Experimental Quantification and Modelling of Dispersion of Particles in Urban Street Canyons
Ultrafine particles associated with vehicle use can be particularly harmful to health because of their ability to penetrate the cell walls of the lung. While a reasonable amount of data are available on vehicle emissions there is little information on particle emissions from tyre wear and brake linings and the re-suspension of dust from roads by traffic. This project will:
Birmingham, West Midlands
Wind Tunnel Experiments to measure particle emissions from roads by direct wind action
Measurements will be made in the University of Birmingham large wind tunnel, currently at Porton Down. Real road dust samples will be deposited on typical road surfaces within the tunnel and particle emissions measured for a range of wind-induced shear stresses.
Wind tunnel experiments to measure dispersion of particles from vehicles
The Motor Industries Research Association facilities are being used to measure particle dispersion from vehicle exhaust pipes and the road/wheel interface to the end of the near wake. The studies are being carried out by a MIRA-supported student at the University of Nottingham. Experimental studies are being carried out to measure exhaust gas concentrations at various positions in the wake. Computational Fluid Dynamic studies of the problem are also underway.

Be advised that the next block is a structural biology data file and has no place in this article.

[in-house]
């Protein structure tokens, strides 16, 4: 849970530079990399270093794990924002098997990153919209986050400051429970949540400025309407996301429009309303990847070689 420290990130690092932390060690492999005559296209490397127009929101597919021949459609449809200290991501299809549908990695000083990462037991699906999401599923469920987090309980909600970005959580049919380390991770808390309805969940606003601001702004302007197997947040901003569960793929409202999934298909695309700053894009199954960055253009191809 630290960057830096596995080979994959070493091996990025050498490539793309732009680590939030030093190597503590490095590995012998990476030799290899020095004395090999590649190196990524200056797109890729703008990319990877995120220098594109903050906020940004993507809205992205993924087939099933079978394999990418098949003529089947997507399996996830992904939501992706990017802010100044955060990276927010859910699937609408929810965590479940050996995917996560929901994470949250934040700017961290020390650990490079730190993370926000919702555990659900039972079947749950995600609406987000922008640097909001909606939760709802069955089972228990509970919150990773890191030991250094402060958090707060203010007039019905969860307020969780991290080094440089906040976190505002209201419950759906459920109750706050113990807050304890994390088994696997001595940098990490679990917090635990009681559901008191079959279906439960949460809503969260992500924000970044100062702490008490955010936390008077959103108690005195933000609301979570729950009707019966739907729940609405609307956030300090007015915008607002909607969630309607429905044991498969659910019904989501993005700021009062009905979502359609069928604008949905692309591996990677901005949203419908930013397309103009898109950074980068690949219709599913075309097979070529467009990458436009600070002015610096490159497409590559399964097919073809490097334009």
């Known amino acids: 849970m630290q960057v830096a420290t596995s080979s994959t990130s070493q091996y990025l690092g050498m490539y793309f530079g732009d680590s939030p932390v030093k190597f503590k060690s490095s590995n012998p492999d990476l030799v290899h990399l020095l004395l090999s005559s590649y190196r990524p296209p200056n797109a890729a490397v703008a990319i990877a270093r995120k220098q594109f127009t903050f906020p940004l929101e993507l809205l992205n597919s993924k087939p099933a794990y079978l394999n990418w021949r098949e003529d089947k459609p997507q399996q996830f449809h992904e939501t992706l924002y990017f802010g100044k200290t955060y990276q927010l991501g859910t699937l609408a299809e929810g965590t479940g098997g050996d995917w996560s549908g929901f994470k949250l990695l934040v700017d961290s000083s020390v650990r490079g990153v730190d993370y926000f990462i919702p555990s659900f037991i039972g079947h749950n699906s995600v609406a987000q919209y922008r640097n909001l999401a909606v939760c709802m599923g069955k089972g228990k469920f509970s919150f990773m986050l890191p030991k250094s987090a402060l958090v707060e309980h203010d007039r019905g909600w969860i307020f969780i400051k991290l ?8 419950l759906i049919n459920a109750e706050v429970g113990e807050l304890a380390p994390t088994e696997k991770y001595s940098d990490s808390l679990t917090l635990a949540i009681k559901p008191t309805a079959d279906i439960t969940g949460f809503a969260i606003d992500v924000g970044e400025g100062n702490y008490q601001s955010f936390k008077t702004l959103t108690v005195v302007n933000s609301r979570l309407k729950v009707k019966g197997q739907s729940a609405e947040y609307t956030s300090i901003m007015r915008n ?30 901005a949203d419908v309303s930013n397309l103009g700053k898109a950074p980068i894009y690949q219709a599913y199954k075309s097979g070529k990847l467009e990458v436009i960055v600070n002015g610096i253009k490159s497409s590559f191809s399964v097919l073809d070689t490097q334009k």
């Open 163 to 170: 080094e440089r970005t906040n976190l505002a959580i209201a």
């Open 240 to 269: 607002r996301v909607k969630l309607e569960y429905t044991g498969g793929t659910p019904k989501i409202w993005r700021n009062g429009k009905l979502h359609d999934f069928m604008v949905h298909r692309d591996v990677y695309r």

Development of a street canyon local scale large eddy simulation model
The Colorado State University RAMS model will be used to predict velocity fields within urban street canyons, and also to derive concentrations and size distributions of particles within the street canyon together with the particulate flux from the top of the canyon. Air quality data collected in the West Midlands July1999 and January 2000, will be used for model verification.
April 2000 Three years
University of Birmingham
The information obtained will help planners and decision makers in the future design of urban areas and control of traffic.
Environmental scientists, managers and health workers in urban applications
Further information is available from the following contacts:
Lead Researcher: Professor C Baker
Tel: 0121 414 5049, Fax: 0121 414 3675, e-mail: firstname.lastname@example.org
URGENT Programme Manager: Graham Leeks
Tel: 01491 692203, Fax: 01491 692313, e-mail: email@example.com